At present, the research in Dendrobium mainly focuses on the endophytic bacteria. Indeed, there is a complex relationship between Dendrobium and its endophytes. Previous studies have shown that Sphiugomouas and Mycobacterium bacteria isolated from the roots of D. moschatum (Buch. - ham) SW. could significantly improve the seed germination rate of D. moschatum (Buch. - ham) SW [15]; and there are many studies using protocorm as material to successfully isolate and obtain effective fungi that promote seed germination [16,17,18]. However, few reports are available regarding Dendrobium and soil microbial communities. There are abundant bacteria, fungi and actinomycetes in the rhizosphere of medicinal plants. Not only can they promote the absorption of soil nutrients by medicinal plants, but they can also improve the yield and quality of medicinal plants; however, they can also cause continuous cropping obstacles for medicinal plants. So, studying Dendrobium medicinal plants and their rhizosphere microbes is of great significance to clarify how rhizosphere microbes can improve the yield and quality of medicinal plants. However, the traditional cultivation methods account for 0.1 to 1% of the environmental microorganisms, which cannot fully reflect the real situation of the environmental microbial community. In recent years, with the rapid development of new generation sequencing technology, based on 16 s rRNA sequence amplification and Illumina Miseq high-throughput sequencing technology, huge amounts of data can be obtained. By means of bioinformatics, the overall microbial community composition can be obtained. With the advantages of high-throughput, low price and short operation cycle, it has been widely used in the study of microbial community structure. Especially in the field of medicinal plants, such as Panax ginseng [19], Panax notoginseng [20], Ajuga bracteosa [21], Origanum vulgare [22], Lilium davidii [23] and other plants,these methods are widely used.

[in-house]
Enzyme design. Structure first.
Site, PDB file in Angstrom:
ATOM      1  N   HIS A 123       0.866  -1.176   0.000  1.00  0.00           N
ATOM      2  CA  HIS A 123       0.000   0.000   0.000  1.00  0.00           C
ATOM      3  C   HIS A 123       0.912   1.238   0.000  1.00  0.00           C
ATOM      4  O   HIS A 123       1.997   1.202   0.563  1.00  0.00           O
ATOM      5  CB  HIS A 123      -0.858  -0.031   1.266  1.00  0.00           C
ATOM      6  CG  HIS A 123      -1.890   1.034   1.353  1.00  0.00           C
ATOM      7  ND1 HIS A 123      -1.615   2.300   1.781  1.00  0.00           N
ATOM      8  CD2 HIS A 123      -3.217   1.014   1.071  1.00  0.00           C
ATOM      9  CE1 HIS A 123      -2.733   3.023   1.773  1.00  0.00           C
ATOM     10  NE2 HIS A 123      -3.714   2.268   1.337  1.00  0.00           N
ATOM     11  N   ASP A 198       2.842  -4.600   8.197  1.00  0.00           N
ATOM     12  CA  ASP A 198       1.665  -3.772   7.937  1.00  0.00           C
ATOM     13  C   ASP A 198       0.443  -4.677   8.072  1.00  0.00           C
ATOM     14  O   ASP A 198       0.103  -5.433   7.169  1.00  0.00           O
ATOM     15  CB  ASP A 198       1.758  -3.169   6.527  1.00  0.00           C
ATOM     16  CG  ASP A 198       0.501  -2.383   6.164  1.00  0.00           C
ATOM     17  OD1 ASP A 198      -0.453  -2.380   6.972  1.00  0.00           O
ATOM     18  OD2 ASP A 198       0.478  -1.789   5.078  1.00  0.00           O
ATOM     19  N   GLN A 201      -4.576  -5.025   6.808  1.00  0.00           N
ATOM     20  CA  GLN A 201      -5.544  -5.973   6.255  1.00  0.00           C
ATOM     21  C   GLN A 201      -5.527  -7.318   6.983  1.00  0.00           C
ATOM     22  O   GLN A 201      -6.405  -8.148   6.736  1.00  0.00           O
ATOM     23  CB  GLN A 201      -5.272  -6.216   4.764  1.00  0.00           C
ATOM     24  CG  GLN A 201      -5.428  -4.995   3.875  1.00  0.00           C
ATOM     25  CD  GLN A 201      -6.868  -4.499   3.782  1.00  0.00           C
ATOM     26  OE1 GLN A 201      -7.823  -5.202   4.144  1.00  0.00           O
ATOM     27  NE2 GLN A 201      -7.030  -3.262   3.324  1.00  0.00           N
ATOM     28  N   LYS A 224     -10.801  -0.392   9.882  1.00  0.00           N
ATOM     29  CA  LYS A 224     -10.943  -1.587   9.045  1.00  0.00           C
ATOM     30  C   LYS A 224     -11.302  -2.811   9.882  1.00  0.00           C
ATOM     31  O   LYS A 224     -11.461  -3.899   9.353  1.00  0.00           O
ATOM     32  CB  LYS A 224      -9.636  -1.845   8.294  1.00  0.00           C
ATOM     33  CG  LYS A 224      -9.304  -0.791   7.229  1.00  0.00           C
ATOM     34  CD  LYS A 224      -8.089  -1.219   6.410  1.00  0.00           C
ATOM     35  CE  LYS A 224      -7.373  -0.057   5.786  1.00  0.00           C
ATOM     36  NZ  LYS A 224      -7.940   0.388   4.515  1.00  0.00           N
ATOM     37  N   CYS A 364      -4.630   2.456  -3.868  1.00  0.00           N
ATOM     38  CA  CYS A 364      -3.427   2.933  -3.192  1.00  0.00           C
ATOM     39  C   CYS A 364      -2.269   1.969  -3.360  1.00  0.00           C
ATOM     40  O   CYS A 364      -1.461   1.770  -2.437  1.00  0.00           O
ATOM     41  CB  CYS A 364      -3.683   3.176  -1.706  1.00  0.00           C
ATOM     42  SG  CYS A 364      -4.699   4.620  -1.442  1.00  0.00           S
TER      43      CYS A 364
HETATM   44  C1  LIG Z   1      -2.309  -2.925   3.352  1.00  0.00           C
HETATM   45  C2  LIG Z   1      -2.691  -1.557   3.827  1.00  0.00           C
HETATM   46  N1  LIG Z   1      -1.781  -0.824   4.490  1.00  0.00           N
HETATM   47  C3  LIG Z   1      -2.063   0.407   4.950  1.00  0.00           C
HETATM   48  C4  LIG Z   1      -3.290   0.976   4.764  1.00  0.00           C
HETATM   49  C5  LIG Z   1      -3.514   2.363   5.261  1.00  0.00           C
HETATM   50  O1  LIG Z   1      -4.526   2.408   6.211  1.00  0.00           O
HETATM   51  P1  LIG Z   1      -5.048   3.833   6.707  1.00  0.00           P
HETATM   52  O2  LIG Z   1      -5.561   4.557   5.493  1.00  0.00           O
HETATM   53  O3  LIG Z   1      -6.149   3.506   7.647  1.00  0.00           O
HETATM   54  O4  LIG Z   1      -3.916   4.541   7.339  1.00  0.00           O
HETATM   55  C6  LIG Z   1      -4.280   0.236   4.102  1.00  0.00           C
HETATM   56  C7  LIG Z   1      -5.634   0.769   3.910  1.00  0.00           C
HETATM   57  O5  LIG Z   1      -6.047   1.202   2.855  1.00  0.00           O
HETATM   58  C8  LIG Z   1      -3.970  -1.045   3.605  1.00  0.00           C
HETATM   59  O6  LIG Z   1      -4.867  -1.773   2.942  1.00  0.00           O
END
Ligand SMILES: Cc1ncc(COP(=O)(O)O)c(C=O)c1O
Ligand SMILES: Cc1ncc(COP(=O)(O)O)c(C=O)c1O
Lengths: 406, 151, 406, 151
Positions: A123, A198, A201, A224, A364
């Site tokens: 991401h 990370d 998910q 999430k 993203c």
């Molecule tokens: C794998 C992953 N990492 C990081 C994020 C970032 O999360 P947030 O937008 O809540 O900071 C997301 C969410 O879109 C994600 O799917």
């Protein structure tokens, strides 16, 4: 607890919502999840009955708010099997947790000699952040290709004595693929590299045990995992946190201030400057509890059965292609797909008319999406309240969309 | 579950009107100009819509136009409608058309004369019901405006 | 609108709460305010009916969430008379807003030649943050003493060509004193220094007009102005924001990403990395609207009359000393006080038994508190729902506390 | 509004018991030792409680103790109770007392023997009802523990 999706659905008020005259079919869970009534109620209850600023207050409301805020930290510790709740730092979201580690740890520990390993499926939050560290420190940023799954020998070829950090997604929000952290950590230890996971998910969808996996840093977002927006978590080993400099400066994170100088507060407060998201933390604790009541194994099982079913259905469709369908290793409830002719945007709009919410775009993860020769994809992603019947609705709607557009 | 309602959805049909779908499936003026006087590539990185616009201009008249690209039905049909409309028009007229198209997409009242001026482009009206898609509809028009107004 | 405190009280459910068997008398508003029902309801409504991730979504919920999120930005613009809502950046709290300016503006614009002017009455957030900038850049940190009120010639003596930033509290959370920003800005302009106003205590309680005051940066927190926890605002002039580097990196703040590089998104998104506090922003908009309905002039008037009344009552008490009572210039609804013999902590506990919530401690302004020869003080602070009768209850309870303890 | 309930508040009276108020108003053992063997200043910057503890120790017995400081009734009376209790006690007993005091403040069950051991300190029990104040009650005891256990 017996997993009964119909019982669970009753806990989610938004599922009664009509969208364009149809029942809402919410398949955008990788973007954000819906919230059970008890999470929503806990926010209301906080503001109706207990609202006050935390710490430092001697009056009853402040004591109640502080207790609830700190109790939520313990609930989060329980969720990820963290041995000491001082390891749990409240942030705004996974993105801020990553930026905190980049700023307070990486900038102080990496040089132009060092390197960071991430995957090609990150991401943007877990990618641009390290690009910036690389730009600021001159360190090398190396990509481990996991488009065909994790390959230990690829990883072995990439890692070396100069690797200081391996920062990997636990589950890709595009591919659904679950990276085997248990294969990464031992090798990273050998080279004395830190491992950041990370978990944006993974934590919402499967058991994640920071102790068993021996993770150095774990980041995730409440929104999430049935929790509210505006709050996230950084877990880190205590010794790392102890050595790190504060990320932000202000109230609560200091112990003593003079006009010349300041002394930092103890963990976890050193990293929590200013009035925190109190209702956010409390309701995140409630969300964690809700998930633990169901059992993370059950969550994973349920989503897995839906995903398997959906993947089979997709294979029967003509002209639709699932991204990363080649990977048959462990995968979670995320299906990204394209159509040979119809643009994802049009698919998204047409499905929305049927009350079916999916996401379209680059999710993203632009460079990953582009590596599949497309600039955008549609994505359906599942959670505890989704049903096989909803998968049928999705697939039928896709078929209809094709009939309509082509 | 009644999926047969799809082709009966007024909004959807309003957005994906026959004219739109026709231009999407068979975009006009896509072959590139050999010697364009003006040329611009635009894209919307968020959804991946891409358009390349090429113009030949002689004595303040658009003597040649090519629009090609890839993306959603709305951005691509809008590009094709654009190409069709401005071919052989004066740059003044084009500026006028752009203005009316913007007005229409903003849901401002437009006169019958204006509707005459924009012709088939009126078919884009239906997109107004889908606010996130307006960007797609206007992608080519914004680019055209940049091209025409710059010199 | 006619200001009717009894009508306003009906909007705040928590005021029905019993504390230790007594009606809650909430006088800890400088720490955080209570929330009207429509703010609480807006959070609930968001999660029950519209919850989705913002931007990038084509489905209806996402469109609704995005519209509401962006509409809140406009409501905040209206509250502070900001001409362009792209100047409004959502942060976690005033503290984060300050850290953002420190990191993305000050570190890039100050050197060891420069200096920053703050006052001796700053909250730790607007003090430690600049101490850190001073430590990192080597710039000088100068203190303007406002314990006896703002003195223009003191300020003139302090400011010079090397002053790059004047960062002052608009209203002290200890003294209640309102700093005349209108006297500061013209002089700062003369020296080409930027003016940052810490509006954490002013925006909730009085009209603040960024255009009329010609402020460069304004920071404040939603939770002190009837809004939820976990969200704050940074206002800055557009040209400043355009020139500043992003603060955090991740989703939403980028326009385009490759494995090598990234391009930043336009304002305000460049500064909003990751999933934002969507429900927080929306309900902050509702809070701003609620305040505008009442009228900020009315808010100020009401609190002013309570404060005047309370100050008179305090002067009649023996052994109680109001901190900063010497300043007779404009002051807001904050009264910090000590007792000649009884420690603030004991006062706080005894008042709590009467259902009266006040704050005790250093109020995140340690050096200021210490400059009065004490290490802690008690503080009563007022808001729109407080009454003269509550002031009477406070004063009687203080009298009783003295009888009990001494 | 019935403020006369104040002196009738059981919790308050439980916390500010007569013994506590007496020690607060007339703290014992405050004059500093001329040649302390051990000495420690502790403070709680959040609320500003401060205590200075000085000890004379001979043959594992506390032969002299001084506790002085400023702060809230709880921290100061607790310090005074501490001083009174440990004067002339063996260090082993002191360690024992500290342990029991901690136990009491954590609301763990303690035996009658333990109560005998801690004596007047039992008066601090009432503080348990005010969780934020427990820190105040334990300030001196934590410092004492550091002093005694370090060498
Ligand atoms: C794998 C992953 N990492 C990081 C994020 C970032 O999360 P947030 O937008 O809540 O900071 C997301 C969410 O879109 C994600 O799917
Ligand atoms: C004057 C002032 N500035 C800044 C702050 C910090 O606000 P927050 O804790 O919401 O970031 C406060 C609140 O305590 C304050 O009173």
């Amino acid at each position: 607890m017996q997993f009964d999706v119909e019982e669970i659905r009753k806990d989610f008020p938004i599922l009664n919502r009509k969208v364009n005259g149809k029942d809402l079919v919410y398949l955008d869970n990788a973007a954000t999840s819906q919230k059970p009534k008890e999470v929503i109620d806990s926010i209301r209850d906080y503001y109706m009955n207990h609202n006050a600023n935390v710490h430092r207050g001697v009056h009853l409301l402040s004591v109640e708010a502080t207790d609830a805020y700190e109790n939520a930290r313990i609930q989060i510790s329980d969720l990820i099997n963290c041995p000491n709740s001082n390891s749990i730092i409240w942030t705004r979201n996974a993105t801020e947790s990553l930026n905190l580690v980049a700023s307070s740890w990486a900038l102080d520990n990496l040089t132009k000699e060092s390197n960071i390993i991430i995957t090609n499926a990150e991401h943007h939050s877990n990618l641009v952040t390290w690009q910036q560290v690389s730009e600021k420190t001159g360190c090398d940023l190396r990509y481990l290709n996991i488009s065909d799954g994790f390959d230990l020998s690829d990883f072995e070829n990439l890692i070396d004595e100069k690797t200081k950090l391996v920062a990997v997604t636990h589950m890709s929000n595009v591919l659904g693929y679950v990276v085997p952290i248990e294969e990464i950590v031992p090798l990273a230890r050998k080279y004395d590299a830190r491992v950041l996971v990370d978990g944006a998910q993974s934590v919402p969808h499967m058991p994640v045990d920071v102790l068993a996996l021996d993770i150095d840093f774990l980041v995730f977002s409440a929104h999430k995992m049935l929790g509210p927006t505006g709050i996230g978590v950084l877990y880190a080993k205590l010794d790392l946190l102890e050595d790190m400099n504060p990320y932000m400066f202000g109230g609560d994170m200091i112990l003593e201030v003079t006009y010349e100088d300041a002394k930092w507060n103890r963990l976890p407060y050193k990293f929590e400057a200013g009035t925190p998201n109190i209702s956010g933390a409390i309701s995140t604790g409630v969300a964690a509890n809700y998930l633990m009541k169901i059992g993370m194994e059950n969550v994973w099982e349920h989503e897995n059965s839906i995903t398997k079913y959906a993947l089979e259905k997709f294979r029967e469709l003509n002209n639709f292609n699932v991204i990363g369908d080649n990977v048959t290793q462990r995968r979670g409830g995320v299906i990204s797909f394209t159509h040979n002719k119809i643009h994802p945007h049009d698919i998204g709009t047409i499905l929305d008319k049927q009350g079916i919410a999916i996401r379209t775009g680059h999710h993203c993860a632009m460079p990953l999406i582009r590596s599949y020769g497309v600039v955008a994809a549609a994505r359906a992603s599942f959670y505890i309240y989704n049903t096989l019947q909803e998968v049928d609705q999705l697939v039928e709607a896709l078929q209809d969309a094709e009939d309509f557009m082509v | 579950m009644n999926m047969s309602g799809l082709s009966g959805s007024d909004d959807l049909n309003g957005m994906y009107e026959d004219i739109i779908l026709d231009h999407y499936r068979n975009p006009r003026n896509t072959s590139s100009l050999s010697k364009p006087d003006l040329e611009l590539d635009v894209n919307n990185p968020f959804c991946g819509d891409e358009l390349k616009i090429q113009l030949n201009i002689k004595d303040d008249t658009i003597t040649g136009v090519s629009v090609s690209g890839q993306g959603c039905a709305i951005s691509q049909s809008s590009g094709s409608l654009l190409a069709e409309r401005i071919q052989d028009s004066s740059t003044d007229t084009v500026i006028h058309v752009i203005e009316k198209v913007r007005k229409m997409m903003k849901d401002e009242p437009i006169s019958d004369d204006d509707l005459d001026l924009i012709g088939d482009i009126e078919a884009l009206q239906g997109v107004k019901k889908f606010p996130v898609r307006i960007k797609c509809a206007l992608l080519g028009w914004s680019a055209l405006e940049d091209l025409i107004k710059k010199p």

They always interact with other microorganisms such as mutualism, parasitism, antagonism. Co-culture is often used to study the interaction between microorganisms [24], but due to the inculcability of most microorganisms, co-culture has shown great limitations. Therefore, it is necessary to find other reliable ways to study the interaction between microbial communities. The rapid development of high-throughput sequencing has provided a new method for the study of microbial interaction. Based on high-throughput sequencing results, researchers have developed a number of software to predict the interaction among microbial communities, such as CoNet, MENA [25]. These network analyses reflect the co-expression relationship among microbial communities. Weighted gene co-expression network analysis (WGCNA) is a kind of gene expression can be measured with a specific character combined with the analysis of network analysis algorithm [26]. It can divide the gene co-expression network of complex biological processes into several highly correlated characteristic modules, and can establish the correlation between the modules and specific traits, so as to find the hub flora. WGCNA analysis has been widely used in transcriptional data analysis of various plants (such as corn [27], tomato [28] and Dioscorea nipponica [29]). But now, WGCNA analysis also has many applications in microbiome, such as rhizosphere microbes of potatoes [30].

Therefore, the goal of our work reported here was to characterize the rhizosphere microbial community of different Dendrobium species during the maturity stage. Our specific objective was to describe taxa associated with each Dendrobium species and determine which the environmental factors were related to microbial diversity and community composition. Specifically, we hypothesized that: (1) the dominant genus bacteria of Dendrobium and its comparison with other medicinal plants; (2) rhizosphere community composition will differ between three different Dendrobium; and (3) the hub flora can be obtained through WGCNA analysis.

Materials and methods

Plant material and soil sampling

Dendrobium plants were artificially cultivated in the greenhouse of Anhui Tongjisheng Biotechnology Company, Lu’an, China. The original source was collected by the company from the wild after obtaining local permission. The protocols and the conditions of planting for the growth of protocorm-like bodies were described by our previous study [31]. From the grown plants of the three species of Dendrobium, two-year-old D. huoshanense, D. moniliforme and D. officinale were selected to provide eight replicates of each sample. The voucher specimens were authenticated by Professor Maoyun Yu from West Anhui University and deposited at Jiangsu Key Laboratory of Crop Genetics and Physiology in Yangzhou University, Yangzhou, China (Voucher number: 20A01, 20A02 and 20A03).